We put “improve sign-in flow” in the should since all users struggled to sign into the web app, but since it was out of our scope, we did not include it in our design.
We started by holding a design studio where we individually created and shared with one another our ideas before collaborating on one version we thought to be the solution; thus creating our paper prototype.
Design Studio In Process
We conducted an A/B test with 6 teachers to determine which paper prototype worked best for them. We compared the existing flow with all elements on one page versus our ideated version which separated the teacher panel and the graph.
All 6 teachers liked elements from both versions of the A/B test
The pop out icon was helpful but not intuitive for teachers, many in fact skipped over this feature entirely
The iconography and terminology on our simplified global nav were unclear and left teachers confused
LoFi Usability Testing
We took our findings from the paper prototypes and created a digital midfi to test with teachers. At this point we checked in with our client where we shared our midfi, and he informed the team that there was more than one calculator available for teachers to use on the webapp.
We solved this problem by creating a dropdown menu separating each calculator page from graphing to scientific to the matrix calculator with room for growth as he asked. We then tested with 9 teachers the newly improved MidFi prototype.
The location of the timer on the test panel seemed like a button to users and did not inform them of its purpose
Wording on the modals and pop-ups were not concise and directive in leading users to the task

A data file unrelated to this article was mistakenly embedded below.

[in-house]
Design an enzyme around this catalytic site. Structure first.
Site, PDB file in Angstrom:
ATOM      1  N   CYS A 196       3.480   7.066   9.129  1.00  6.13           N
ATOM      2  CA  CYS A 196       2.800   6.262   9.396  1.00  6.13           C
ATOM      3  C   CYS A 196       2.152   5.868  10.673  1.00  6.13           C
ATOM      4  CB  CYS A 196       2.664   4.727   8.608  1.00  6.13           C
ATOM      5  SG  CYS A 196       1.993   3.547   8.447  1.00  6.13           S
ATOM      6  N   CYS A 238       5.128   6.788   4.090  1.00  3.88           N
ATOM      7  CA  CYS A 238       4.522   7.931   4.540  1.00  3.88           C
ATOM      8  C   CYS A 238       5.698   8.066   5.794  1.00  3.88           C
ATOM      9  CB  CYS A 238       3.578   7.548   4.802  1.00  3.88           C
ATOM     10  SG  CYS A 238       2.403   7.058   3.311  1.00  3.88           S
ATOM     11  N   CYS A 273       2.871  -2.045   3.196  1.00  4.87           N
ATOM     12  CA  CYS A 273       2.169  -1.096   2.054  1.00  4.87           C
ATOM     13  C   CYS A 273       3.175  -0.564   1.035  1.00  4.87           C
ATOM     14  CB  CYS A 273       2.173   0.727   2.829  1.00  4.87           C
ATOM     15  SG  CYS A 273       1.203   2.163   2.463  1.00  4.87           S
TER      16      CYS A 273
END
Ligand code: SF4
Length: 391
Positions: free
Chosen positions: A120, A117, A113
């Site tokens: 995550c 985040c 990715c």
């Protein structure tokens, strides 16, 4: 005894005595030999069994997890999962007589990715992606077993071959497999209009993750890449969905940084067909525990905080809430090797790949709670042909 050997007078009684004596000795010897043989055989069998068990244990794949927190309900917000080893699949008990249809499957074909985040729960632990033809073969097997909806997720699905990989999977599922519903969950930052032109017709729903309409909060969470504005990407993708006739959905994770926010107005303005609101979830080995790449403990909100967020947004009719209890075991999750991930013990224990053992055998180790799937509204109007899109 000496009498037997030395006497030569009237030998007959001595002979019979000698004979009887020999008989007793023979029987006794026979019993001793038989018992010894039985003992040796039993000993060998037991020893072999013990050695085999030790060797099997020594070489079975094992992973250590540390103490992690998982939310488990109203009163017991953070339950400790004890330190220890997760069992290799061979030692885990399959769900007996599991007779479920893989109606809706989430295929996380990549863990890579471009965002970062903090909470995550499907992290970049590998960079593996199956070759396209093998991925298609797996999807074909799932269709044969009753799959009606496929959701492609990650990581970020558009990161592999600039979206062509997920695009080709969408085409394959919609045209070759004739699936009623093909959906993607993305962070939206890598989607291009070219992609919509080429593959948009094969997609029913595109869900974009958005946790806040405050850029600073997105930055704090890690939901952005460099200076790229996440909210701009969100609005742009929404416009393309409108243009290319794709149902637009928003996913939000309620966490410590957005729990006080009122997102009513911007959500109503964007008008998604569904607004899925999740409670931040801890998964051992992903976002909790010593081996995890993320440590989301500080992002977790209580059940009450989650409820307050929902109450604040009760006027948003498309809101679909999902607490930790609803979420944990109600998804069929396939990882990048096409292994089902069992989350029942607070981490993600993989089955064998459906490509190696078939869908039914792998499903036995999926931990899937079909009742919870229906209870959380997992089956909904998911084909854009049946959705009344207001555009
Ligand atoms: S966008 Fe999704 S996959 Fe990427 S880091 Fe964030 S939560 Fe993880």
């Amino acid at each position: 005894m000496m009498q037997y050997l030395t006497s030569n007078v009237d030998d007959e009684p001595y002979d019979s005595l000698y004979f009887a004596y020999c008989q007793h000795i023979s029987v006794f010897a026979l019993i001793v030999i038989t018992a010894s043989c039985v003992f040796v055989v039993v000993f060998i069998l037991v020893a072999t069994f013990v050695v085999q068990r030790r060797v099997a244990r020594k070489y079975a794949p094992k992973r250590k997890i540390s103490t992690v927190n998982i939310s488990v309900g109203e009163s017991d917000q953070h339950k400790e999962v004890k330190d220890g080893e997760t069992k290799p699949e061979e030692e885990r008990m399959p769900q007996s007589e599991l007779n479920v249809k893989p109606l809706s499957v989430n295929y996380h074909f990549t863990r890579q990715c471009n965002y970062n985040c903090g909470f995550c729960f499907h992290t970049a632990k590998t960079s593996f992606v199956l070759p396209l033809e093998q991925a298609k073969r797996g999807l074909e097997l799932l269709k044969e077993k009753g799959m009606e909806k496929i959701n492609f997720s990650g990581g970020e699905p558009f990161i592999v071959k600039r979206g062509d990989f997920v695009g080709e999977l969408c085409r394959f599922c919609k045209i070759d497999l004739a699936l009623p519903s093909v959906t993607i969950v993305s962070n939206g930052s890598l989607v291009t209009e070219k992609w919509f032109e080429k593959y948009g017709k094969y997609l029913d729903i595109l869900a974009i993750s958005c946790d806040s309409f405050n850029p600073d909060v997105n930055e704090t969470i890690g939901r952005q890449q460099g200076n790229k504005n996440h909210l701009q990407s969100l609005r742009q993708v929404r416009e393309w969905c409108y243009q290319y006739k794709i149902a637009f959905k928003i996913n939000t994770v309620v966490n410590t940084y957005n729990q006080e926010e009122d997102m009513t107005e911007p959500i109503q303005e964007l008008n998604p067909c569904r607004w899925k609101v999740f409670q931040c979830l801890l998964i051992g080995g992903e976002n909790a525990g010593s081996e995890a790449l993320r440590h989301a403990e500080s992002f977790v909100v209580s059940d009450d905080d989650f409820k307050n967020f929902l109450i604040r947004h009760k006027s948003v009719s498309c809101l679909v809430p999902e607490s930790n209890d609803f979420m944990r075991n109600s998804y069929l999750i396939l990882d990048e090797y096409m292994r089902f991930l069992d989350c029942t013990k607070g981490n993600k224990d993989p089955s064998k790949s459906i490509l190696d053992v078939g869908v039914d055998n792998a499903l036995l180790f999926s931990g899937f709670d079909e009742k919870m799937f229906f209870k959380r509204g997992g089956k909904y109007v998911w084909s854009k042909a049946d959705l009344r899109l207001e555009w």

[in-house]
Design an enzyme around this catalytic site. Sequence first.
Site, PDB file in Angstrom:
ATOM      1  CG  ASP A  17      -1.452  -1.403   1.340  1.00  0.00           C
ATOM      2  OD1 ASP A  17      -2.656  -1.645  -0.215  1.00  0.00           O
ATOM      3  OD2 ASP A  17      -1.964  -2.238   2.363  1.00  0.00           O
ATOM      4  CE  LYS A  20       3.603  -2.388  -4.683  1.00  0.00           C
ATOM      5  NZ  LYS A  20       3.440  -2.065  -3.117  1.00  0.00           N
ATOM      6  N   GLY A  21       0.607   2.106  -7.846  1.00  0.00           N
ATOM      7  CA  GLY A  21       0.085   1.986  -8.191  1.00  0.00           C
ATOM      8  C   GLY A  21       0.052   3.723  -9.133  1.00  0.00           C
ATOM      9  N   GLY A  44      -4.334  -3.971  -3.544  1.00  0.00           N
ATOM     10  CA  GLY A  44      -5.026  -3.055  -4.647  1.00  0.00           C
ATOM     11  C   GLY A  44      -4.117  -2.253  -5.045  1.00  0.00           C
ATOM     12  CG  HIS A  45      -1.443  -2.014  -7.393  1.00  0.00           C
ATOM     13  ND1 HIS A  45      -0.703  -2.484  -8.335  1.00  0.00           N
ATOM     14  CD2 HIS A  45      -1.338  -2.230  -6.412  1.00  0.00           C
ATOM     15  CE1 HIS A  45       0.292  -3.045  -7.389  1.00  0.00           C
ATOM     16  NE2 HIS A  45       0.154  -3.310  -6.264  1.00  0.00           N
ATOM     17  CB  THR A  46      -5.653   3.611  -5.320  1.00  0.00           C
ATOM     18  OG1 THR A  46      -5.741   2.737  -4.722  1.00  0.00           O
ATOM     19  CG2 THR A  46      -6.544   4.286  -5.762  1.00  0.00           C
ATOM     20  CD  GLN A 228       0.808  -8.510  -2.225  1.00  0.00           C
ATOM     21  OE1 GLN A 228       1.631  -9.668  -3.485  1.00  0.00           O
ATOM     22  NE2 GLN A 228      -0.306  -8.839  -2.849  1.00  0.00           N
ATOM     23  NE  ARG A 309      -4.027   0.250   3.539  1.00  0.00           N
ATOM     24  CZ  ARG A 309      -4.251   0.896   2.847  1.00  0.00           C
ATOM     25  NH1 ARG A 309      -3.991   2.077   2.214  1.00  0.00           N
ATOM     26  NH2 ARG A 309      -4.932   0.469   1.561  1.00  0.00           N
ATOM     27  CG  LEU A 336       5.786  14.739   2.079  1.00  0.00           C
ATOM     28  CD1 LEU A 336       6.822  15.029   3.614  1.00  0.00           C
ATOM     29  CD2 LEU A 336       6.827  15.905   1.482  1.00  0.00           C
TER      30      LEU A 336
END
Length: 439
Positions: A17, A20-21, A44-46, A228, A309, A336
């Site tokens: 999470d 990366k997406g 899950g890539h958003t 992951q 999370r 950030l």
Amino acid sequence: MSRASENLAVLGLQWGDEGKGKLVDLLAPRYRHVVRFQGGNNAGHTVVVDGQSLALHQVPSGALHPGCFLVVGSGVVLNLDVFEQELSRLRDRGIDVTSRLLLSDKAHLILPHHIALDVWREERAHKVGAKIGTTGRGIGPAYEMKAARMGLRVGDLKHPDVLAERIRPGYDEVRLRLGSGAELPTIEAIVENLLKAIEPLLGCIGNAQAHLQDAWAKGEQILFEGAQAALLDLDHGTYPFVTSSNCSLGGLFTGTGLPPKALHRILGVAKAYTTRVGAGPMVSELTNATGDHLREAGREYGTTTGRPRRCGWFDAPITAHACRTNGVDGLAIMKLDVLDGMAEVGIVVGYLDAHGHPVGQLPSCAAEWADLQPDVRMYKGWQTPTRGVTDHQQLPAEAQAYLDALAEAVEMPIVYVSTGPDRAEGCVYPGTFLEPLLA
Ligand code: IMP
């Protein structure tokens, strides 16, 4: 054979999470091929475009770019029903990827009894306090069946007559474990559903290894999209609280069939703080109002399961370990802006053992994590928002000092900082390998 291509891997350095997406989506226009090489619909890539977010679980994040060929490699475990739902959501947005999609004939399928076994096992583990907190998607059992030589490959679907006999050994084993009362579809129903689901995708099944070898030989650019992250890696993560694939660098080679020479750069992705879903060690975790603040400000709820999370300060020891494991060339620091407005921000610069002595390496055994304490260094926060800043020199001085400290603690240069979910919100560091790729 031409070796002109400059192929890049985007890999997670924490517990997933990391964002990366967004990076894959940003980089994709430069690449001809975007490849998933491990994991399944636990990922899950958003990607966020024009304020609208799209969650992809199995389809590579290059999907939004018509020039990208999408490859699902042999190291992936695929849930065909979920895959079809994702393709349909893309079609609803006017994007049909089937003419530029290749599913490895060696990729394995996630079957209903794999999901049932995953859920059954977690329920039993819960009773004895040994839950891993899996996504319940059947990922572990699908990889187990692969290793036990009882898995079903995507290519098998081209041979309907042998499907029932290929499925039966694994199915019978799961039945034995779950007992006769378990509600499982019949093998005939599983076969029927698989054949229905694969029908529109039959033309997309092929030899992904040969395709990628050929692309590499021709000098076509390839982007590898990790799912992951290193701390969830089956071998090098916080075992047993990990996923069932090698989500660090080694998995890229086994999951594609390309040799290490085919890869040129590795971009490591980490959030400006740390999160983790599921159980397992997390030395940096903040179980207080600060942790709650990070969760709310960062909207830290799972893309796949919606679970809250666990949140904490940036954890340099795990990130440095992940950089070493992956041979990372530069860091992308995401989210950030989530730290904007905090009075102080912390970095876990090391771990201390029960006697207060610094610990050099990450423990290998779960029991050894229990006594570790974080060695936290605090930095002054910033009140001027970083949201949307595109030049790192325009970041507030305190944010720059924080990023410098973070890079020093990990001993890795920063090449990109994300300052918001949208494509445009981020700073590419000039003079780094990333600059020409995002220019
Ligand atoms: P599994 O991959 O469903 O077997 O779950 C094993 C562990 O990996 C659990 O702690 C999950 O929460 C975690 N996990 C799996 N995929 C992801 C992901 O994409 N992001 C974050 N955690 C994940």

Iconography such as the home button on our graph page confused users about its functionality
REDOING THE PAPER PROTOTYPE
After the results from the first round of usability testings, we went back and held another design studio, where we created a new paper prototype combining both the proposed and current web app layout from our previous paper prototype, then tested with 4 more teachers.
All users thought the simpler, streamlined process was more intuitive and appreciated the separated teacher panel and graph for clarity.
They mentioned that they would want a separate page for account settings to change their personal information for security purposes rather than changing it on a dropdown
They wanted to know the basic functionalities of the web app prior to starting the test.
MidFi Usability Testing
With the insights from our MidFi usability tests, we took our mood board and designed our HiFi prototype, which we then tested with 10 teachers, 1 developer, and 1 current existing user.
The copy elements were too small and difficult to read on the modals especially for teachers like our persona Mathematician Mark, so we took into account the accessibility of the site by making it more legible.
The visibility of the start button on the teacher panel was too low and hard to notice, so we made it more dynamic and placed it higher on the page in our final prototype
Our student calculator was not intuitively understood for the teachers which led us to create another modal when arriving at the student page to inform users of the functionality of the site.
We aimed for a clean, minimalistic design with unobtrusive colors and patterns. We chose blue and grey for the simplistic clean palette while relying on its color psychology of calmness, stability, and reliability to create a straightforward design.
The ordered stacks of the abacus shaped the grid-like structure of our design while the sharp clean minimalistic lines of the washing machine and graph lines influenced the clean academic aesthetic we strived for.
HIFi Usability Testing
We want to expand the capabilities and functions of the web app to include the teacher's graph to be displayed on the student app for instructional purposes
We want to work with developers to oversee the feasibility of the design with its locking and graphing functions.
We propose redesigning the marketing home page to allow for a better and smoother sign-in flow for teachers.